What Actually Causes Phantom Limb Pain?

If you have painful sensations in a part of your body that was amputated, you’re not alone. Estimates show anywhere between 60-85% of people who undergo limb amputation experience phantom limb pain, or PLP

So how can you have such intense, real sensations when a limb is no longer there? Our team at Metro Pain and Vein Centers shared these insights into PLP and what treatment can offer relief from your symptoms.

Recognizing phantom limb pain

First, we should note that not all phantom sensations cause pain. Some people have other sensations, like feeling as though the limb is still there. These types of sensations aren’t PLP. 

PLP symptoms include:

PLP symptoms often start within a week following an amputation, but they can also set in months afterward. They often occur in the portion of your limb that’s farthest away from your body, like the hand in an amputated arm.

Once PLP begins, it can come and go or remain constant. 

How your body feels sensations

To better understand the source of phantom limb pain, it’s helpful to look at how your body feels things in general.

Each part of your body is connected to specific areas of your brain through your nervous system. Your central nervous system includes your spinal cord and brain. Your peripheral nervous system contains the rest of the nerves in your body, including those in your limbs. 

When you touch something, your peripheral nerves send messages to your brain by way of your spinal nerves, which are part of your spinal cord. Your brain then interprets these messages and sends a signal back so your body knows how to respond.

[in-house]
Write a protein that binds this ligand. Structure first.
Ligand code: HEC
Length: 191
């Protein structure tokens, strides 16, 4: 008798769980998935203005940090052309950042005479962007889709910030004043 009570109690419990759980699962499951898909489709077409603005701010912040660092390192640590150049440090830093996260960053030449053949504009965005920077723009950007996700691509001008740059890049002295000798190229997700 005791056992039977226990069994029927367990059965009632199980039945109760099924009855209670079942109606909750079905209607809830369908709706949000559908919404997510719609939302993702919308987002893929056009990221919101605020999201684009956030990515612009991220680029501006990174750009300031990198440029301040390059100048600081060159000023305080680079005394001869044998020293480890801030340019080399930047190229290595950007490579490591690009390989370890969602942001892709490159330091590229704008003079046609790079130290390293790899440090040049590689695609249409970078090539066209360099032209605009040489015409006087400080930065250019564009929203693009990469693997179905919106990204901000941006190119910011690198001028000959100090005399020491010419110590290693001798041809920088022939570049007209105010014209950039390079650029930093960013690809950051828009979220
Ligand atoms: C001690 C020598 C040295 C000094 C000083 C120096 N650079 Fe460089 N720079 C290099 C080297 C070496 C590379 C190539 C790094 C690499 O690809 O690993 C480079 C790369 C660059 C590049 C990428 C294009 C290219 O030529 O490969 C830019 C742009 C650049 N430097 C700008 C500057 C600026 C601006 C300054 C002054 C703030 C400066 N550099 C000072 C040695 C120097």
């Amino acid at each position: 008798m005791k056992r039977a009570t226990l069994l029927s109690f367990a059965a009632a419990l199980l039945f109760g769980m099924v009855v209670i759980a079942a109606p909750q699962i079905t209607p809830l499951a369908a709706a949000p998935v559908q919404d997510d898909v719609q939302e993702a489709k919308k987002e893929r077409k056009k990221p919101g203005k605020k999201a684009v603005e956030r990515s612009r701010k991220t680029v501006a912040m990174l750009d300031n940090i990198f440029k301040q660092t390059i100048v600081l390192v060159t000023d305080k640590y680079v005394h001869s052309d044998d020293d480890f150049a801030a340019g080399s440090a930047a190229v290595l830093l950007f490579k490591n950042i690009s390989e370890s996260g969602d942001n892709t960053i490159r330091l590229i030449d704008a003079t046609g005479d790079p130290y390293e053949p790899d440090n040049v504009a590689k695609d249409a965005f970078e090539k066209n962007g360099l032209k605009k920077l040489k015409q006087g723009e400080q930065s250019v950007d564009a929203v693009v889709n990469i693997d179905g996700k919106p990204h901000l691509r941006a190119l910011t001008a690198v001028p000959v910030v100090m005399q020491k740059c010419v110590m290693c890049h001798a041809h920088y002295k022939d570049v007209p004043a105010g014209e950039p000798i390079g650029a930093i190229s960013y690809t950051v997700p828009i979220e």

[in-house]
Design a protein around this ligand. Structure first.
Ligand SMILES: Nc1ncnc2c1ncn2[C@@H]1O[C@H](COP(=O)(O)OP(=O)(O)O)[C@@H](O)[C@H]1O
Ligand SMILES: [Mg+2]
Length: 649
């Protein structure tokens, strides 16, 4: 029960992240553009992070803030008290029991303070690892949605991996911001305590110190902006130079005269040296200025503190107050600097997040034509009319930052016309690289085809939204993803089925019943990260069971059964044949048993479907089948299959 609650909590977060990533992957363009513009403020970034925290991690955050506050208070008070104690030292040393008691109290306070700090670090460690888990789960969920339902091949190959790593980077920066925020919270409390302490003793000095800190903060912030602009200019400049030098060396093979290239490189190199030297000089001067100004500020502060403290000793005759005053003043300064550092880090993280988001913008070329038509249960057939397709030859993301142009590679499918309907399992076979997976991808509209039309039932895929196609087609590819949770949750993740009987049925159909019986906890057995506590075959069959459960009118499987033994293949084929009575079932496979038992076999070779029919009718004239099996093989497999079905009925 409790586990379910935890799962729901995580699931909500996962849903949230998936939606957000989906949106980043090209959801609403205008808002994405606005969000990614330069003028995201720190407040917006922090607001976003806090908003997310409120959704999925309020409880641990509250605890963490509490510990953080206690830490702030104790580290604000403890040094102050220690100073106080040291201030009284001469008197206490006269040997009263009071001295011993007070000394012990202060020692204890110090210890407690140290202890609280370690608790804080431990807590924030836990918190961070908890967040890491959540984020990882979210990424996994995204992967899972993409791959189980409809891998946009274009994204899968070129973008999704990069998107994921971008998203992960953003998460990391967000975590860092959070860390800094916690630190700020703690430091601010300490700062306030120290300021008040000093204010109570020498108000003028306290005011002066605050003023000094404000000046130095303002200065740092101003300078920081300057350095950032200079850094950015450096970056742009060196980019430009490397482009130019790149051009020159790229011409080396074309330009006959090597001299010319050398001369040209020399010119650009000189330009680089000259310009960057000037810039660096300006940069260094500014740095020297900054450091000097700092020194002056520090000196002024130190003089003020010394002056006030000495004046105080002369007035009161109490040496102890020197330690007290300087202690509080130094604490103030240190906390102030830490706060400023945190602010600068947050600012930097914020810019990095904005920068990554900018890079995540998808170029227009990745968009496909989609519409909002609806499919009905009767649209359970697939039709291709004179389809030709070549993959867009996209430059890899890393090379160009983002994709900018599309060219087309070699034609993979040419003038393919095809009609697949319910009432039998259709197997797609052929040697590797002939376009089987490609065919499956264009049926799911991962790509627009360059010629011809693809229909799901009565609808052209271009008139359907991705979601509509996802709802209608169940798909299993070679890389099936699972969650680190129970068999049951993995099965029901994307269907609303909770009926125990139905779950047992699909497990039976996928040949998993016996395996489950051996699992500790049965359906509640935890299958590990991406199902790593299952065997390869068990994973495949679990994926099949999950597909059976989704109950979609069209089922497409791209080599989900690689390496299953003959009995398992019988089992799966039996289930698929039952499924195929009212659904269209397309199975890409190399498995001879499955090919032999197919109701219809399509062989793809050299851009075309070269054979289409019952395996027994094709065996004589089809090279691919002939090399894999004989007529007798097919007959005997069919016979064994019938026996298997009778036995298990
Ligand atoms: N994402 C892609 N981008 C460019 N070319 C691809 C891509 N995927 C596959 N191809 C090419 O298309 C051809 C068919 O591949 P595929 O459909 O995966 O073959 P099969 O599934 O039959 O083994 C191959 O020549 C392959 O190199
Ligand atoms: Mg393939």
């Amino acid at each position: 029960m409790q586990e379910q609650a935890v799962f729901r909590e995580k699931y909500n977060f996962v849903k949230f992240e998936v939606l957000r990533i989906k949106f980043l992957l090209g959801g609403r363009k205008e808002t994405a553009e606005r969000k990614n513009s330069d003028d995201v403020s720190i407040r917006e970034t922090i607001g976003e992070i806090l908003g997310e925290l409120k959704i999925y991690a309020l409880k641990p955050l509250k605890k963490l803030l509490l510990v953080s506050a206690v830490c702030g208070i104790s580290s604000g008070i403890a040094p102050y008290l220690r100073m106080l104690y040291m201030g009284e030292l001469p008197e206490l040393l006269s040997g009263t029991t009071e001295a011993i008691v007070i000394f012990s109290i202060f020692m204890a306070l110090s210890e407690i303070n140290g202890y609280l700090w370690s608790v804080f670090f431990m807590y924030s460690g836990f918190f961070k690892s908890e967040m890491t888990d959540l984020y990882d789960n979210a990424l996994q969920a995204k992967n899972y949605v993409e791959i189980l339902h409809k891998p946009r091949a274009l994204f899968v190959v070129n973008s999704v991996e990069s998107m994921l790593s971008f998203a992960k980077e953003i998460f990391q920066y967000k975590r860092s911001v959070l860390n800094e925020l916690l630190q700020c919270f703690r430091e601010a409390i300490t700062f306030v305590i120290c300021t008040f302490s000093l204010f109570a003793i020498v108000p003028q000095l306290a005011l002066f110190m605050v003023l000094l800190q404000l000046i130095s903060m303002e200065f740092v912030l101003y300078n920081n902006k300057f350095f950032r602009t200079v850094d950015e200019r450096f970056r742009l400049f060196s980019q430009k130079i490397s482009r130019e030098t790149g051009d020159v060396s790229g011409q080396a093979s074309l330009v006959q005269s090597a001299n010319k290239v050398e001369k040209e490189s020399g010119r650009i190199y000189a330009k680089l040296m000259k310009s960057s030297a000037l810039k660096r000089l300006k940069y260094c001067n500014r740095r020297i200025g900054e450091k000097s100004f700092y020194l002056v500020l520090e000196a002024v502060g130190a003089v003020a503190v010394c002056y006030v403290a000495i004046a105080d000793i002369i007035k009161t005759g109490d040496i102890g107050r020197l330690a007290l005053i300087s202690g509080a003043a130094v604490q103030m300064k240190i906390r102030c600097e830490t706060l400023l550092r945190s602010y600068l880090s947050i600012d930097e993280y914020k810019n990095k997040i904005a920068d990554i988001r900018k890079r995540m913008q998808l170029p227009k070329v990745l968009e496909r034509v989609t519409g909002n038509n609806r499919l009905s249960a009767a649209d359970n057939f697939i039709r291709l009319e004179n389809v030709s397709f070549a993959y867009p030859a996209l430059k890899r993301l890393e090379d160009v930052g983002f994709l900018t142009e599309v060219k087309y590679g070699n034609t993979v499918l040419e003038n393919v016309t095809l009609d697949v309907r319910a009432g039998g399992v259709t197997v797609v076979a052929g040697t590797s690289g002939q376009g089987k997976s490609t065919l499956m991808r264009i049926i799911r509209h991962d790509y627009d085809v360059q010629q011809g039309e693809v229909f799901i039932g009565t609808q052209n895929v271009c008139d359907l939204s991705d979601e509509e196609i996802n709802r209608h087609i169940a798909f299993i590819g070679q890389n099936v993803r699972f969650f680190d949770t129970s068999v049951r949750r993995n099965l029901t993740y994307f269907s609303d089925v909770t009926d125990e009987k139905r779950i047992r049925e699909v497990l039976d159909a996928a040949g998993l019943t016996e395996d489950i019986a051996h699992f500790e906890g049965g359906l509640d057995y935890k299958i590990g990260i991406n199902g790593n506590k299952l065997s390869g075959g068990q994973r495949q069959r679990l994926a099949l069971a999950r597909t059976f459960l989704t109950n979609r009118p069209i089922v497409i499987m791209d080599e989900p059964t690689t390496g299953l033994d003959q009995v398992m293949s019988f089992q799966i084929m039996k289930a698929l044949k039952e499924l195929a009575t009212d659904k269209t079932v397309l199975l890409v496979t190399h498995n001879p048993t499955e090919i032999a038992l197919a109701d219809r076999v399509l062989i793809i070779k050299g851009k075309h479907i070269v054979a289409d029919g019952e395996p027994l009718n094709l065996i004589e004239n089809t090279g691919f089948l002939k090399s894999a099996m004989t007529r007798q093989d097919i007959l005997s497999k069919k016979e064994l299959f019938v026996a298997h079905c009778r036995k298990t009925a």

So, for example, if you pick up a cup of coffee, your hand itself doesn’t know it’s hot. Instead, your peripheral nerves fire off sensory information to your brain. In response, your brain tells your hand to put the cup down to avoid getting burned.

The source of PLP

It’s believed that several factors could come into play with the unique pain sensations of phantom limb pain.

Remapping

If you lose a limb, it stops sending sensory information to your brain, which causes neurons in a specific area to become inactive. But, it doesn’t stay that way. Instead, nearby neurons start to expand into the region and take over the void. This leads to remapping or reorganizing the neural connections in your brain — a process known as neural plasticity.

As your body’s sensory circuitry rewires in your brain, it can lead to changes in how you feel. For example, you could experience phantom sensations in your amputated arm or hand if someone touches your face.

Nerve damage and sensitization

Amputation can cause unpredictable changes to nerves in both your peripheral and central nervous system. And, when a peripheral nerve gets severed, the neurons in your central nervous system can become more active and sensitive to their signaling.

As a result, your brain can start receiving frequent and mixed signals, causing it to adjust incorrectly. Unfortunately, this process can cause your body to default to the most basic message that something’s wrong — pain. 

Treating phantom limb pain

This deeper understanding of PLP has provided more effective methods of treatment. And, with the help of image scanning tools like MRIs and positron emission tomography (PET) scans, we can identify activity within the brain causing the neurological response.

To treat PLP, we could recommend a variety of therapies, such as:

You can also take steps at home to help with PLP symptoms, ranging from relaxation techniques to wearing your prosthesis, which could help trick your brain into thinking the amputated limb has returned.

You don’t have to live with phantom limb pain. Contact the Metro Pain and Vein Centers office closest to you by phone, or click the “request appointment” button to book online today.

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